Art


Article Reviews
Posted by Madelyn (Boise, Idaho) on 07/30/2021
5 out of 5 stars

An excellent, must-read article!

Thank you, Art, for writing this up and sharing.

I've just recently been doing some research myself on increasing resistant starches in the diet to promote a healthy microbiome and heal the gut. Green banana flour appears to be very effective at feeding probiotics and increasing their production of SCFAs. I've even found a couple of recipes that utilize green banana flour. Now after reading your article, I'm inspired to take action! Off to go order some green banana flour and finally start taking the melatonin powder that's been sitting on my counter. I do eat pistachios frequently and will continue to do so! Be blessed!

Replied by Art
(California)
07/30/2021
953 posts

Hi Madelyn,

Thank you for saying so!

I have tested one type of resistant starch before, potato starch. It is very healthful, but in the potato form, it gave me a ridiculous amount of gas which precluded me from continuing the test beyond one month.

It seems like some of the precursors to Short Chain Fatty Acids (SCFAs) can promote gas as part of the process, beans would be one example, but fortunately not all of them do. Pistachios do not seem to give me gas and I usually eat 3 little cups of them a day. The cup I use is like the ones that they use at restaurants to serve a side of dressing in. My particular cup holds exactly 4 ounces of water when filled to overflowing. I use it as a scoop to dip in the bag of pistachios and I fill it to a rounded top 3 times a day and that is my snack food. That allows me to get a consistent amount of pistachios each day.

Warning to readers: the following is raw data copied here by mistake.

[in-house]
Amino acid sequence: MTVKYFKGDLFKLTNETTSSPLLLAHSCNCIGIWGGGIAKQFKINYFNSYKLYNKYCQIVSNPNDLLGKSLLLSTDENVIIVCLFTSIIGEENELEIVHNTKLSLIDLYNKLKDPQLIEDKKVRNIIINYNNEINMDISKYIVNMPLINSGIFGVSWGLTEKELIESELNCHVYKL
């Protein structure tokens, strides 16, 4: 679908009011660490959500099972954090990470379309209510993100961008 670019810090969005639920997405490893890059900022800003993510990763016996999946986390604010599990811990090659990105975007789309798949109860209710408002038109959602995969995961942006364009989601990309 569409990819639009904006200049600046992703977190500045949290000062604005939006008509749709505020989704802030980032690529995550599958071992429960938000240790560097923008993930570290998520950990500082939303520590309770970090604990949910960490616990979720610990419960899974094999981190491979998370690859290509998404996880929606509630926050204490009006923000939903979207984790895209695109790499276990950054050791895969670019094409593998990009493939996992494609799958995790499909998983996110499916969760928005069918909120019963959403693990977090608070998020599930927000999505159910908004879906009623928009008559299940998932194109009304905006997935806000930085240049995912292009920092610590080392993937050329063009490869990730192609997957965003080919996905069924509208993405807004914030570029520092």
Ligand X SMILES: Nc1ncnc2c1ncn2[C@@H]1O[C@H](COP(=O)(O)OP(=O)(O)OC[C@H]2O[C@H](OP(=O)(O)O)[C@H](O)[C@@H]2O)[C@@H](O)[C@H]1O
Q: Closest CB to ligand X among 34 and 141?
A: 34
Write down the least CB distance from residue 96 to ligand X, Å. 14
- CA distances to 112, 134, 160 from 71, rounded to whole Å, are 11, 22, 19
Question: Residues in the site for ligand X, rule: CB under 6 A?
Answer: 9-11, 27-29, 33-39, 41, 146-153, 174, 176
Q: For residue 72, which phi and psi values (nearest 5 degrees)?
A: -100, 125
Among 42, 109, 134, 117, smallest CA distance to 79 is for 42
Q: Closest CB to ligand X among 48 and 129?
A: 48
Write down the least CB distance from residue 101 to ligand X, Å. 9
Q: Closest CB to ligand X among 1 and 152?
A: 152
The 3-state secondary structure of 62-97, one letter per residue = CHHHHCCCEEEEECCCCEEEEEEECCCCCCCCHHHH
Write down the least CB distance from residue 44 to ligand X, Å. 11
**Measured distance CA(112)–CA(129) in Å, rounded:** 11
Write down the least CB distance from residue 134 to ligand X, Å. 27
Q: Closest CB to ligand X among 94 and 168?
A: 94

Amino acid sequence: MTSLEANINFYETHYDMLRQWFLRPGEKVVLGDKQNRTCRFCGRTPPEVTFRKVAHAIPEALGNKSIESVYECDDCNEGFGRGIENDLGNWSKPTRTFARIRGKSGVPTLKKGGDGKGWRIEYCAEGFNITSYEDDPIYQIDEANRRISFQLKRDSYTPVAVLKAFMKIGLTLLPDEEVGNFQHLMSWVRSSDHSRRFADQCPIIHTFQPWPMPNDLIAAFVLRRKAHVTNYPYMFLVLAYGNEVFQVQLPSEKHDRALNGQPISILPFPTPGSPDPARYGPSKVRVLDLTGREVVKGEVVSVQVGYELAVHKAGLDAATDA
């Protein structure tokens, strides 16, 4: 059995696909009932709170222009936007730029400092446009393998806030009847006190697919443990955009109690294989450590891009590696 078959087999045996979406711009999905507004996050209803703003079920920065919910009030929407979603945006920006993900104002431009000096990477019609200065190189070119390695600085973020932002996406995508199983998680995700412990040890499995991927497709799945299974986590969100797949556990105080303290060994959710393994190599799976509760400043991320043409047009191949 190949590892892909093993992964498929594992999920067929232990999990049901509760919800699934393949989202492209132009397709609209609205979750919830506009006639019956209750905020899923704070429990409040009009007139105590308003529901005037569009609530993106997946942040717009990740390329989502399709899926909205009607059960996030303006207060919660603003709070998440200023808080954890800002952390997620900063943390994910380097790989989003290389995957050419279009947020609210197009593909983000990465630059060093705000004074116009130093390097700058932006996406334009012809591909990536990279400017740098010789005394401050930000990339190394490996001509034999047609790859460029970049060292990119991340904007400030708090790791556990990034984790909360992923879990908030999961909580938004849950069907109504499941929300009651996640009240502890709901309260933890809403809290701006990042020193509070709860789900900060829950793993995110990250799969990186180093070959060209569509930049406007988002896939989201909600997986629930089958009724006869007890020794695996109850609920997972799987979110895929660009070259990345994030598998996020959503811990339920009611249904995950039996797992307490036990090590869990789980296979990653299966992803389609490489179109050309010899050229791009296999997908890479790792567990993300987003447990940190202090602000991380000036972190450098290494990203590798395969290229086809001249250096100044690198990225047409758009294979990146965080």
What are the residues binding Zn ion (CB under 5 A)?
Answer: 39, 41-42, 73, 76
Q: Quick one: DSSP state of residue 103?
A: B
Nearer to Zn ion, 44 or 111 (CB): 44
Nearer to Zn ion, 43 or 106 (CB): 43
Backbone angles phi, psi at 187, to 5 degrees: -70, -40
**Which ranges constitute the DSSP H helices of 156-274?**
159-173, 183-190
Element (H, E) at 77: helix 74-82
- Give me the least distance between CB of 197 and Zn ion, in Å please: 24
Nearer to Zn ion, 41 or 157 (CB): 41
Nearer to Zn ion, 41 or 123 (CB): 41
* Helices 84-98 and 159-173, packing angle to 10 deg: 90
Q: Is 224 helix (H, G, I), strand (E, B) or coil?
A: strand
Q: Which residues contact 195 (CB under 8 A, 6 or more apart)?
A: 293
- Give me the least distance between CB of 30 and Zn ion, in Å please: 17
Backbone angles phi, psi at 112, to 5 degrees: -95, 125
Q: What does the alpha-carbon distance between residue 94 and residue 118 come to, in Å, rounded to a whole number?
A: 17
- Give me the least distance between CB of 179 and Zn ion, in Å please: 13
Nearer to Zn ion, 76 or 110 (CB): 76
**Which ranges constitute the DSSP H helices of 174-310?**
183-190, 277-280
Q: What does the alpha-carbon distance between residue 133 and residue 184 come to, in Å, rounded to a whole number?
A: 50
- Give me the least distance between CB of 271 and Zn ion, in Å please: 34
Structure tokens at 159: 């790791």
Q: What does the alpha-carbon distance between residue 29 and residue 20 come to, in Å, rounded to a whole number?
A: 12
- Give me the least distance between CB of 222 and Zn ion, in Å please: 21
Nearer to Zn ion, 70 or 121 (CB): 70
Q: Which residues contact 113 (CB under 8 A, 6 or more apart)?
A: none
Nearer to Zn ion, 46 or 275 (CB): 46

Those two FMT studies that I linked to in the article transformed the way I look at treating health issues because while I always knew that maintaining a healthy gut biome was good for your health, I never truly realized how important it is, until I read those studies! Their results were fantastic by any measure. The sad part is that the US is not really pursuing FMT as it should and it is just speculation on my part, but I suspect it is because FMT would essentially take trillions of dollars away from the pharmaceutical industrial complex. There is so much money at risk for them that I can see where they would go to great lengths to see that FMT never really gets off the ground here. Those two studies came out of Asia, which is leading the world in the research into FMT.

That is why I wrote the article because it may be able to replicate FMT with none of the reported risks of FMT and it would be less expensive than FMT.

Good luck and good health on your journey, Madelyn!

Art

Sue
(VA)
07/31/2021

Great article, Art.

Re: the pistachios, do you suggest the ones in the shells, or already shelled? Thanks!

Art
(California)
07/31/2021
953 posts

Hi Sue,

Thank you for the compliment!